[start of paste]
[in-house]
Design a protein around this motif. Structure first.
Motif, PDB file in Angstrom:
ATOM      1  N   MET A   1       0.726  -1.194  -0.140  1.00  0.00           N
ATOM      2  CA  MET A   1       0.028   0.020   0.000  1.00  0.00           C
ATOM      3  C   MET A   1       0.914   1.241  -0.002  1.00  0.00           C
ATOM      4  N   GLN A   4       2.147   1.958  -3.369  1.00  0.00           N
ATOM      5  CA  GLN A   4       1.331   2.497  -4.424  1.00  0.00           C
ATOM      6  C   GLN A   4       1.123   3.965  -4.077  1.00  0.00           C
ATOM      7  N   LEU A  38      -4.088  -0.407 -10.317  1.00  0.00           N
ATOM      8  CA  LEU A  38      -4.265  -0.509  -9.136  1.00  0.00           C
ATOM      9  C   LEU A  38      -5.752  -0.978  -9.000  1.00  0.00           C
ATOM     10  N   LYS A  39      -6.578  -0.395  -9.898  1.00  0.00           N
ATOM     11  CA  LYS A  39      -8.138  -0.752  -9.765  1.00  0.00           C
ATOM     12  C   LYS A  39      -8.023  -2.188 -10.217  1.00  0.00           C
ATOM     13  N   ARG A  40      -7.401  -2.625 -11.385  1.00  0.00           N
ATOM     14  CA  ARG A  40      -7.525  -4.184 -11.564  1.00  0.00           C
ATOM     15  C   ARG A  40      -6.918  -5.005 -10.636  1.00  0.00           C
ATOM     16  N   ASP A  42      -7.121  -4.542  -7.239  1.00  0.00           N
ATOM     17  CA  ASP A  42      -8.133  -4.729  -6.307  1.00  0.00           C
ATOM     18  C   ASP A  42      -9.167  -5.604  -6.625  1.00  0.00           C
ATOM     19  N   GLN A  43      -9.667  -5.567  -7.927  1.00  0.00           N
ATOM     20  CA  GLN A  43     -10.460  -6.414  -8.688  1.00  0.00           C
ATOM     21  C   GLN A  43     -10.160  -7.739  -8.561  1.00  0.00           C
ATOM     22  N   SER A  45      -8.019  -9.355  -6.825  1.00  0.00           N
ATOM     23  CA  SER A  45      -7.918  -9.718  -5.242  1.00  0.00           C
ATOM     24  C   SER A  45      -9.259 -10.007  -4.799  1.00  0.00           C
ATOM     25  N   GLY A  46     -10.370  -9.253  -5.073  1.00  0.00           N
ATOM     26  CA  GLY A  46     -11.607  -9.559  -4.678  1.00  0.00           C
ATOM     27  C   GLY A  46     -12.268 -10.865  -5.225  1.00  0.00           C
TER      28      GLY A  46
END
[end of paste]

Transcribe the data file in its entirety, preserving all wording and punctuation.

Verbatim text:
[in-house]
Design a protein around this motif. Structure first.
Motif, PDB file in Angstrom:
ATOM      1  N   MET A   1       0.726  -1.194  -0.140  1.00  0.00           N
ATOM      2  CA  MET A   1       0.028   0.020   0.000  1.00  0.00           C
ATOM      3  C   MET A   1       0.914   1.241  -0.002  1.00  0.00           C
ATOM      4  N   GLN A   4       2.147   1.958  -3.369  1.00  0.00           N
ATOM      5  CA  GLN A   4       1.331   2.497  -4.424  1.00  0.00           C
ATOM      6  C   GLN A   4       1.123   3.965  -4.077  1.00  0.00           C
ATOM      7  N   LEU A  38      -4.088  -0.407 -10.317  1.00  0.00           N
ATOM      8  CA  LEU A  38      -4.265  -0.509  -9.136  1.00  0.00           C
ATOM      9  C   LEU A  38      -5.752  -0.978  -9.000  1.00  0.00           C
ATOM     10  N   LYS A  39      -6.578  -0.395  -9.898  1.00  0.00           N
ATOM     11  CA  LYS A  39      -8.138  -0.752  -9.765  1.00  0.00           C
ATOM     12  C   LYS A  39      -8.023  -2.188 -10.217  1.00  0.00           C
ATOM     13  N   ARG A  40      -7.401  -2.625 -11.385  1.00  0.00           N
ATOM     14  CA  ARG A  40      -7.525  -4.184 -11.564  1.00  0.00           C
ATOM     15  C   ARG A  40      -6.918  -5.005 -10.636  1.00  0.00           C
ATOM     16  N   ASP A  42      -7.121  -4.542  -7.239  1.00  0.00           N
ATOM     17  CA  ASP A  42      -8.133  -4.729  -6.307  1.00  0.00           C
ATOM     18  C   ASP A  42      -9.167  -5.604  -6.625  1.00  0.00           C
ATOM     19  N   GLN A  43      -9.667  -5.567  -7.927  1.00  0.00           N
ATOM     20  CA  GLN A  43     -10.460  -6.414  -8.688  1.00  0.00           C
ATOM     21  C   GLN A  43     -10.160  -7.739  -8.561  1.00  0.00           C
ATOM     22  N   SER A  45      -8.019  -9.355  -6.825  1.00  0.00           N
ATOM     23  CA  SER A  45      -7.918  -9.718  -5.242  1.00  0.00           C
ATOM     24  C   SER A  45      -9.259 -10.007  -4.799  1.00  0.00           C
ATOM     25  N   GLY A  46     -10.370  -9.253  -5.073  1.00  0.00           N
ATOM     26  CA  GLY A  46     -11.607  -9.559  -4.678  1.00  0.00           C
ATOM     27  C   GLY A  46     -12.268 -10.865  -5.225  1.00  0.00           C
TER      28      GLY A  46
END